For example, while bread can be expertly toasted in an air fryer, there's a risk that such a lightweight food will fly around the machine during the cooking process. This is because air fryers use a fan to blow hot air around to cook your food. Because of this, you may need to secure your bread to the tray; which often, is much more work than simply popping it in the toaster. The same is true of lightweight vegetables, such as kale or spinach; meaning you're probably better off frying them in a pan or placing them in an oven instead.
Similarly, it can be a mistake to place foods that have been cut up very small into an air fryer. Some air fryer trays have much wider holes at their base which means smaller foods – such as cut veggies, for example – will be at risk of falling down through the holes during cooking.
9. Not pre-heating your air fryer
In the air fryer vs oven debate, air fryers often win because they don’t need to be used for as long as ovens, thus saving time and energy. But Christina Russo, chef and founder of The Kitchen Community, explained that you should still be pre-heating your air fryer – even if just for a few minutes.
She explains, "If you add food to the basket before your air fryer is warm and the hot air has started to move, then your food isn't going to cook evenly. Ovens take a while to warm up – however it takes just a few minutes to preheat your air fryer."
10. You’re using your air fryer whilst it’s against the wall
If you’re wondering where to place an air fryer in your kitchen, you’re not alone! But the one mistake you might make is thinking that you can use it while it’s up against a wall.
Due to the fact that air fryers can emit a lot of heat, placing your air fryer tightly up against the walls whilst it's on could do some serious damage to your kitchen – or worse, create a fire hazard.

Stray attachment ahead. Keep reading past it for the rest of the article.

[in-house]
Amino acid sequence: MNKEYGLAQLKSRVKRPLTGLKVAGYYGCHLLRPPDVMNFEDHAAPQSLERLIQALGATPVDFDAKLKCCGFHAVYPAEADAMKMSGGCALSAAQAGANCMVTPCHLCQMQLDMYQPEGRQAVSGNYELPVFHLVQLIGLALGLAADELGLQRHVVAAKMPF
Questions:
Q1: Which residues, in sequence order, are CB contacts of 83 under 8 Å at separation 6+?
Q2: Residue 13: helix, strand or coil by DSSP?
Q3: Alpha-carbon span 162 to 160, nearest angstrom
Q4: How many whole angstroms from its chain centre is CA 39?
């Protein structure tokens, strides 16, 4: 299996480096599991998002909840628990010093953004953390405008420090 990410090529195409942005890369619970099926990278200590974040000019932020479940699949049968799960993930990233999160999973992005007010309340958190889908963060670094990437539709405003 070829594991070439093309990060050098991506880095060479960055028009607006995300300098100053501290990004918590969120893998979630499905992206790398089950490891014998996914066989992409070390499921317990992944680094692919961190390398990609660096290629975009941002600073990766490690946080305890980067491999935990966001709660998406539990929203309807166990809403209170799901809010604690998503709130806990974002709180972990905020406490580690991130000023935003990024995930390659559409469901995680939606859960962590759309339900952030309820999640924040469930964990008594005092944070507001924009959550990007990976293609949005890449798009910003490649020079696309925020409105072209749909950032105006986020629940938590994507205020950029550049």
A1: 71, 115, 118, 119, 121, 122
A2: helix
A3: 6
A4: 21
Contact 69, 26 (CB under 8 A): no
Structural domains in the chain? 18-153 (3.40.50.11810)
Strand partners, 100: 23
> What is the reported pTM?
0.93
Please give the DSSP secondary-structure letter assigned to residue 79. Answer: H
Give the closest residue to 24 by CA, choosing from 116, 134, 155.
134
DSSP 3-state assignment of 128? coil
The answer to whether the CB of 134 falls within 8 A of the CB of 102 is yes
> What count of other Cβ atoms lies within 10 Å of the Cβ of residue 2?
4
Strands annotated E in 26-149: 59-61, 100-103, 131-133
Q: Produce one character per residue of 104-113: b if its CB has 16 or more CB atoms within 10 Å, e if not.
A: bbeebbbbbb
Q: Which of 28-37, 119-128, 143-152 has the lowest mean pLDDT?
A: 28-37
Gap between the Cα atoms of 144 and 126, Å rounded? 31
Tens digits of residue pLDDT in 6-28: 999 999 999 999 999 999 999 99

To avoid this, whenever you use your air fryer, be sure to pull it away from all walls, and ensure there is at least five inches of space around it. This will allow for proper air flow and ventilation. Opening windows and doors can also help!
11. You don’t move your food around while cooking
You’re probably clear on the fact that you need to shuffle your food about in the oven as it’s cooking – but did you know you should be doing the same for the food in your air fryer?
Though the heat in your appliance should be circulating expertly, it’s a great idea to rotate your food and move it around the basket intermittently throughout the cooking process, to ensure even cooking.
12. You only cook using air fryer trays
There are plenty of accessories for air fryers out there, but Emily Jones says that it’s a mistake to think that these are absolutely essential. In fact, she explains that sometimes, they might even prevent you from getting that perfect crispiness we all want from our air fryers.
“Silicone trays may make the washing up quicker, but will actually stop the air flow around the food, meaning you have to spend more time turning or shaking your food to ensure an even browning and cooking,” she says.
“Air fryers have grids or plates that sit just above the base of the bowl which allows a gap to let your hot air circulate 360 around the food – and trays can prevent this from happening so easily.”
13. Using too much oil